There’s a growing body of work that explores the contours of nonhuman animals and law. Just to illustrate, see previous Jotwell posts in Jurisprudence (here and here) and in Legal History. Maneesha Deckha’s article, “Vulnerability, Equality, and Animals”, brings that body of literature squarely into engagement with equality theory.
I read everything Professor Deckha writes: not because I am always on board with where her analysis takes her, but because I’m always left asking questions I hadn’t thought through before. This piece is yet one more illustration of her ability to connect unexpected dots; to press on boundaries that had not been explicitly articulated before; and to draw the reader in.
Deckha’s claim is straightforward: vulnerability discourse provides a more fruitful avenue to advance non-human animals’ interests in the law because it avoids some of the conventional traps of equality discourse. In setting up the context, Deckha adeptly presents a taxonomy and summary of traditional animal equality arguments. On the one side, she presents Peter Singer’s approach which takes as a foundation equal consideration of interests. On the other hand, she points to Tom Regan who bases his position on rights that take as their foundation the presence of an exalted set of traits. These kinds of sameness arguments have obvious limits in the legal context, where legal scholars, legislators, and courts have been slow to accept (or perhaps more accurately have not accepted) claims that nonhuman animals are “equal to” their human companions.
And so begins Deckha’s turn to vulnerability as a motivating force for advancing the legal claims of non-human animals. Deckha pays due tribute to Martha Fineman’s work. Among other contributions, Deckha’s piece provides a succinct review of the bridge from vulnerability theory as applied to humans to the starting ground where it might be extended (and boundaries pressed) to include non-human animals within its analytical frame. This extension of the literature matters because it makes non-human animals meaningful subjects of legal protection; not because of their proximity to (or sameness to) humans but rather because they live vulnerable and precarious lives. Anthropomorphizing, be gone.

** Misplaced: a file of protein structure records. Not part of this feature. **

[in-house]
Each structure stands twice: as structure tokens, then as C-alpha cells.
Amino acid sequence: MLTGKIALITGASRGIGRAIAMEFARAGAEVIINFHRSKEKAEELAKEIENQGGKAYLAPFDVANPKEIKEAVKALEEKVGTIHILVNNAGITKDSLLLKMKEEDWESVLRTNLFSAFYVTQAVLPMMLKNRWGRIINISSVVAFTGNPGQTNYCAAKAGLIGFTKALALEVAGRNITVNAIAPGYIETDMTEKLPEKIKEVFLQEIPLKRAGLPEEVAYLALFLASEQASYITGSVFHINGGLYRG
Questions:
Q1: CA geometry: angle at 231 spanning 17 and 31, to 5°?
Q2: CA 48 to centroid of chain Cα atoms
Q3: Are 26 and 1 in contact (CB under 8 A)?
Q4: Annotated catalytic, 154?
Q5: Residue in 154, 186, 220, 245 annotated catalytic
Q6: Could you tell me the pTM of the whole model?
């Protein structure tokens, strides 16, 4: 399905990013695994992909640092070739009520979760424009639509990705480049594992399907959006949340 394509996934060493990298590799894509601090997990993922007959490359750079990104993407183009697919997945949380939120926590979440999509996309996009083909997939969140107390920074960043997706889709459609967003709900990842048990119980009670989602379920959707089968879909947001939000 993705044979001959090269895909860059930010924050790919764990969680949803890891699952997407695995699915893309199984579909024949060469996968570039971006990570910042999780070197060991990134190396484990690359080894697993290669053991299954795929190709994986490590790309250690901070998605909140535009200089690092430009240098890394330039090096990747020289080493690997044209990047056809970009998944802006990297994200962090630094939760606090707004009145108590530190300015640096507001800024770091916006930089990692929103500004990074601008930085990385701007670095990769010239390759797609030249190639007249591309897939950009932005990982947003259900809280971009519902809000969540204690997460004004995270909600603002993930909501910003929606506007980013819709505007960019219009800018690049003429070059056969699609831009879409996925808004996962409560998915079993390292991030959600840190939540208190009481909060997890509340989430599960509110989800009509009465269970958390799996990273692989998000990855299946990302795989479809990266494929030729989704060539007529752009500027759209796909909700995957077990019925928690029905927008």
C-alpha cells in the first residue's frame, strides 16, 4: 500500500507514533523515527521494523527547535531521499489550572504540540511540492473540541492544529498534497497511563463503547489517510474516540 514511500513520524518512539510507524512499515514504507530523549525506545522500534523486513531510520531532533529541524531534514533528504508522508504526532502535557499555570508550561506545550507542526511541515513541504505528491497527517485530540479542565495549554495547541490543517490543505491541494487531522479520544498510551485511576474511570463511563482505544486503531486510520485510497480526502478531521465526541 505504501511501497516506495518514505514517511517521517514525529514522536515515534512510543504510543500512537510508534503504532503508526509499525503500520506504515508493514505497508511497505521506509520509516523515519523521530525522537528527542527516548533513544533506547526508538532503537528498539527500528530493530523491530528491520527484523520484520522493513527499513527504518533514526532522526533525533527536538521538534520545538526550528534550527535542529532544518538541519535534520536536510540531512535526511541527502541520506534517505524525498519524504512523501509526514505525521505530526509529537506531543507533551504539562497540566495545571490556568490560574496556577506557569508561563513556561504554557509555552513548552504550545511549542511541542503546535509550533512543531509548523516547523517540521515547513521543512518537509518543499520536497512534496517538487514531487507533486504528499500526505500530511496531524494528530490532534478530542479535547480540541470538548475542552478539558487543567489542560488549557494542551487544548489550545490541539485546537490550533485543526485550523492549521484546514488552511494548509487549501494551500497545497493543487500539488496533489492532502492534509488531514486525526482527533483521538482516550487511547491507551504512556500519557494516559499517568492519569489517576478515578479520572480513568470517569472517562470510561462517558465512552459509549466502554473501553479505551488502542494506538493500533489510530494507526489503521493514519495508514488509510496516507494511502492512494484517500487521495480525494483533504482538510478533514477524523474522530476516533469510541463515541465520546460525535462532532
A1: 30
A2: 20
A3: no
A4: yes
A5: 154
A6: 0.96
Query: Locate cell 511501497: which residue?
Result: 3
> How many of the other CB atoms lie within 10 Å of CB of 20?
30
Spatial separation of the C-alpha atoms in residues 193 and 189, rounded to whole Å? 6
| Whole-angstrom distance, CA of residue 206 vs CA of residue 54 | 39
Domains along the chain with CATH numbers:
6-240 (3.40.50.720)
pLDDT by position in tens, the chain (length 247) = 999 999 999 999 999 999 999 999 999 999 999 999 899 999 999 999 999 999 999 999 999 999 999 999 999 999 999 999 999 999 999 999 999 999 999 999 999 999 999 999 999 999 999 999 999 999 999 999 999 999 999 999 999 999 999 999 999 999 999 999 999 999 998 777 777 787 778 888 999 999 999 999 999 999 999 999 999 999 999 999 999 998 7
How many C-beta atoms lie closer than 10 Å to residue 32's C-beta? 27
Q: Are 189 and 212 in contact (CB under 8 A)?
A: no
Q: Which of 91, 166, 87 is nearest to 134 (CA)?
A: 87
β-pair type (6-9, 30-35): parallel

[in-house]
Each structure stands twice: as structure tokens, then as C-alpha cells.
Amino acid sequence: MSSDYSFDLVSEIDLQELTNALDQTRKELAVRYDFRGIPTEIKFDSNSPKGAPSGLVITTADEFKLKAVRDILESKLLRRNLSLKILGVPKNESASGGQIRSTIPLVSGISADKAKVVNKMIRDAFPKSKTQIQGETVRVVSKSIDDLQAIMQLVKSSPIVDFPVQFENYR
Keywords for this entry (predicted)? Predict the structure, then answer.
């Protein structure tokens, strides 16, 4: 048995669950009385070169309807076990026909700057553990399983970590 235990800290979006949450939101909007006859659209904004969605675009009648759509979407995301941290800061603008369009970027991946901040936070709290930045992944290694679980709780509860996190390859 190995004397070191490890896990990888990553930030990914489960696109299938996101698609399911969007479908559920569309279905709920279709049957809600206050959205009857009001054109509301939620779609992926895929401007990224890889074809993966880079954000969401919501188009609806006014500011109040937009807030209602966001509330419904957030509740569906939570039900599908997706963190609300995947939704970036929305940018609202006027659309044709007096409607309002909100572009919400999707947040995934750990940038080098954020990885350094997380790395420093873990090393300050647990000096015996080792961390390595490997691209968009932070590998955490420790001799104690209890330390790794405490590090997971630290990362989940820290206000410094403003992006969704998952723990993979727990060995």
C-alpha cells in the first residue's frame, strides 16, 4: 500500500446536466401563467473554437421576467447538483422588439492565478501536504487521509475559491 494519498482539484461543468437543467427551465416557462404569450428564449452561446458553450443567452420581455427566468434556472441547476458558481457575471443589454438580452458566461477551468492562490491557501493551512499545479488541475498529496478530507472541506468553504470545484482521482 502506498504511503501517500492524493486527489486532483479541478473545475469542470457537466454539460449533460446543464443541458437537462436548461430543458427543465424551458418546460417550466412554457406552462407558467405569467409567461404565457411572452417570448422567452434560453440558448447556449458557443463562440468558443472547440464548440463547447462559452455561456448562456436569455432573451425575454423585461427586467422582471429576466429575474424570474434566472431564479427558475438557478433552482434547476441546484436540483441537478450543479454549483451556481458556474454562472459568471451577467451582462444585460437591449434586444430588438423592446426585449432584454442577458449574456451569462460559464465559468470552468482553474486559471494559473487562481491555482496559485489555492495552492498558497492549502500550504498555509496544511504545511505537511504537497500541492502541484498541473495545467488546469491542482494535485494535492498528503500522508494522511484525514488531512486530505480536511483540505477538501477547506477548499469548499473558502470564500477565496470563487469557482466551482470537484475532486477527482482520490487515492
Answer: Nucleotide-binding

The thick contribution Deckha makes in the piece is to unveil an analysis of the legal landscape for animals through the lens of vulnerability and to address head on potential criticisms of that analysis. Deckha provides a case study driven from the dissenting opinion in Reece v. City of Edmonton (2011 ABCA 238, 513 AR 177). Reece focused on the well-being of an elephant, Lucy, living in the Edmonton Valley Zoo without a companion. The heart of the claim was a dispute about whether Lucy should be moved to an elephant sanctuary in Tennessee where she would have a companion. Deckha uses the Chief Justice’s dissent as a model of how insights about animal vulnerability can inform legal decision-making with the result that non-human animals, and Lucy in this particular instance, are treated as “relational being[s] in a sanctuary rather than .. visual object[s] of commercial attraction subject to an oppressive human gaze and detailed control and surveillance …” (p. 68-69).
Deckha does not shy away from the hard question: “how can real and transgressive change happen for animals through a legal system that is deeply entrenched in the liberal humanist tradition” (p. 69)? This is, of course, part of the broader inquiry into whether law offers the potential for transformation that many equality-minded (vulnerability-minded?) scholars care about.
While our answer(s) to that question remain a work-in-progress, my recommendation on this article does not. This is a piece worth reading.